To help demonstrate this process with a template, below is my attempt to define a few relevant influence factors and relate them to each other in clusters. Then, some possible strategies are shown for each cluster. The point is that when you are done, you will have a student recruitment strategy (and a tactical plan for those strategies) broadly and directly related to your identified career decision influencers. No one person or company can cover all the possibilities here, but hopefully the exercise can assist in putting focus on potential recruitment strategy priorities and what is possible.
Student Career Influences
- General peer pressure
- Close friends
- Student leader figures
- Diesel technology clubs
- Social media
- Career presentations by recent C&TE graduates Career days at local dealerships
- Summer diesel technology summer “career camps” at local technical colleges – 1 week Personal individual follow-up
- Address middle school students with recruitment efforts, as well as high school students; reach those who are already thinking about careers Establish a student “lead” tracking system
- Parents (Mom as biggest influence) Older siblings
- Extended family members
- Family businesses
- Financial considerations/constraints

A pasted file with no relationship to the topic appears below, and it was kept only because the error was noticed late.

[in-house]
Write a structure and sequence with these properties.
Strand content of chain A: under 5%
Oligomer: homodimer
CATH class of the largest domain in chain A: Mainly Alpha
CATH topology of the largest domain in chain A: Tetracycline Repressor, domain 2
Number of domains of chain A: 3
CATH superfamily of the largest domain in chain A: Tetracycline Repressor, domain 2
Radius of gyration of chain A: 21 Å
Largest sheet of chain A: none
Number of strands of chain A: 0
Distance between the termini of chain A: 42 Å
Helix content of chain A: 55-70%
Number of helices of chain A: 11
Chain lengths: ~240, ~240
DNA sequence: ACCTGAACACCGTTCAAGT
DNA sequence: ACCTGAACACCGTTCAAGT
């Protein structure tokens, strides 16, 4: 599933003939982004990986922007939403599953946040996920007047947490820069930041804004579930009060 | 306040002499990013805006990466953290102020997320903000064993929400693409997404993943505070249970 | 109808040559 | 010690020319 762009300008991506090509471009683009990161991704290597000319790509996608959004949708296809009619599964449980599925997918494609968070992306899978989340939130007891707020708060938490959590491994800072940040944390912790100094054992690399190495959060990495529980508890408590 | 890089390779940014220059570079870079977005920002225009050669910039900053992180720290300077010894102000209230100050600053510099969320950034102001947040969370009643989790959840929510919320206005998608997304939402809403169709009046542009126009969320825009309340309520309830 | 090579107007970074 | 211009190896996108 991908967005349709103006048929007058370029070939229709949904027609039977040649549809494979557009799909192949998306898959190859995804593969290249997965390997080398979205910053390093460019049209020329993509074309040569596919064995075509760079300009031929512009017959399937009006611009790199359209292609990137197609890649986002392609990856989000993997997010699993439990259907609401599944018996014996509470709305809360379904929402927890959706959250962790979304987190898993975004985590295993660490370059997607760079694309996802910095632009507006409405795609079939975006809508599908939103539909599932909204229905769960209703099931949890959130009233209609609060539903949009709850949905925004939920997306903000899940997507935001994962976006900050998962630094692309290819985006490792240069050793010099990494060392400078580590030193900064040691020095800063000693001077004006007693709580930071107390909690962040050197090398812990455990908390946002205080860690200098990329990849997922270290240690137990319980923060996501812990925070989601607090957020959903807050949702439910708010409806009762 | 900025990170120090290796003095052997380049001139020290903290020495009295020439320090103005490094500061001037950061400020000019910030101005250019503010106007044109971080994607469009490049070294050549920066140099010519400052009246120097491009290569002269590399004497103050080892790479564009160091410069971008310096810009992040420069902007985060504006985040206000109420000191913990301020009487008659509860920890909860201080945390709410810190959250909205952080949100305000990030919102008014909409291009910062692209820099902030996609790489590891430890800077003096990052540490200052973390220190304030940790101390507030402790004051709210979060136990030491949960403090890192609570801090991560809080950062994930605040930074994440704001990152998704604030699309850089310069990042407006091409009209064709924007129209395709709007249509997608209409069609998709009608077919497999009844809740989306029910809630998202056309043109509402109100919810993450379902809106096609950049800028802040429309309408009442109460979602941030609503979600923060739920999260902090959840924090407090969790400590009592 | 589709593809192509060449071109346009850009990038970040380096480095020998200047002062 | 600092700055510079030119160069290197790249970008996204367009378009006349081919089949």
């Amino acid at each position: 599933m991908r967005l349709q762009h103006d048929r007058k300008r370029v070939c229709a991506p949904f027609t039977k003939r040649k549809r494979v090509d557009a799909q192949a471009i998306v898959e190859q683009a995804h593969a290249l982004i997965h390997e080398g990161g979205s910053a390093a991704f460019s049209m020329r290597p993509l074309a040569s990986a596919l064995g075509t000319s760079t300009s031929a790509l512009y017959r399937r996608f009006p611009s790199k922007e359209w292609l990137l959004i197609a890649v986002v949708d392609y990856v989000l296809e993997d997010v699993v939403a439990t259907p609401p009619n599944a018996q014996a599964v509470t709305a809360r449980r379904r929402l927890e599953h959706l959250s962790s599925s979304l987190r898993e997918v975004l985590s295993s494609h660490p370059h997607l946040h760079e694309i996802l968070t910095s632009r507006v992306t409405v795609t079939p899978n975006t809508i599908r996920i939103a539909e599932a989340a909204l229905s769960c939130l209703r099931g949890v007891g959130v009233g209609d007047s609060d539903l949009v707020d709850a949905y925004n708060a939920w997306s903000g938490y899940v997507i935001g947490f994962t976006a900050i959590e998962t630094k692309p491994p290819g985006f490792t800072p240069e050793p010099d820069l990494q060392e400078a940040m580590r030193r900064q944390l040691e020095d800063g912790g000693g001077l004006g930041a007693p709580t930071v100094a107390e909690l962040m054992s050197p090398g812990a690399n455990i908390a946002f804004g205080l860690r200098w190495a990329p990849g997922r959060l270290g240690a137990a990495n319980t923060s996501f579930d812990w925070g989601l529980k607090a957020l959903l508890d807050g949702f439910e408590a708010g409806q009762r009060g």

- Career days for parents and students Personal discussions with students; their backgrounds and goals
- Personal discussions with parents
- Social media
- Scholarship/loan/paid internship information Personal individual follow-up
- Career counselors
- Exposure: middle and secondary school course subjects Experiential student learning
- Subjects where students are successful in school work
- Targeted marketing to career counselors and other education professionals; career days targeted to these professionals
- Support high school C&TE programs Provide “hands on” opportunities for further exposure to service technician work
- Inform students about what types of courses they need to take to be successful in a technician career; applaud their successes in courses
Personality and Experience
- What “I like to do” (or not) – values, skills, interests, fears Media – both true and false career information
- Positive and negative experiences in life
- Degree of personal research on career options
- Personal and financial goals Introvert versus extrovert Desire to “give back”
- Publicize local industry career events – pre- and post-event; get correct information “out there”
- Provide industry career exploration information resources for students
- Emphasize the equipment industry career path Testimonials from students in diesel programs “Active” rather than passive approach to students
Cultural values and Norms
- Perceived gender roles
- Occupational bias in society
- Urban versus rural
- Testimonials from female students & technicians
- Emphasize the professional nature of the service technician career today
- Identify and rank where your most promising student recruitment areas are and target them
Local Industry and College Recruitment Programs
- Existing and potential new recruitment initiatives
- Work collectively with other industry stakeholders for greater resources and recruiting focus
- Work closely with college diesel technology departments for integrated and more effective recruitment campaigns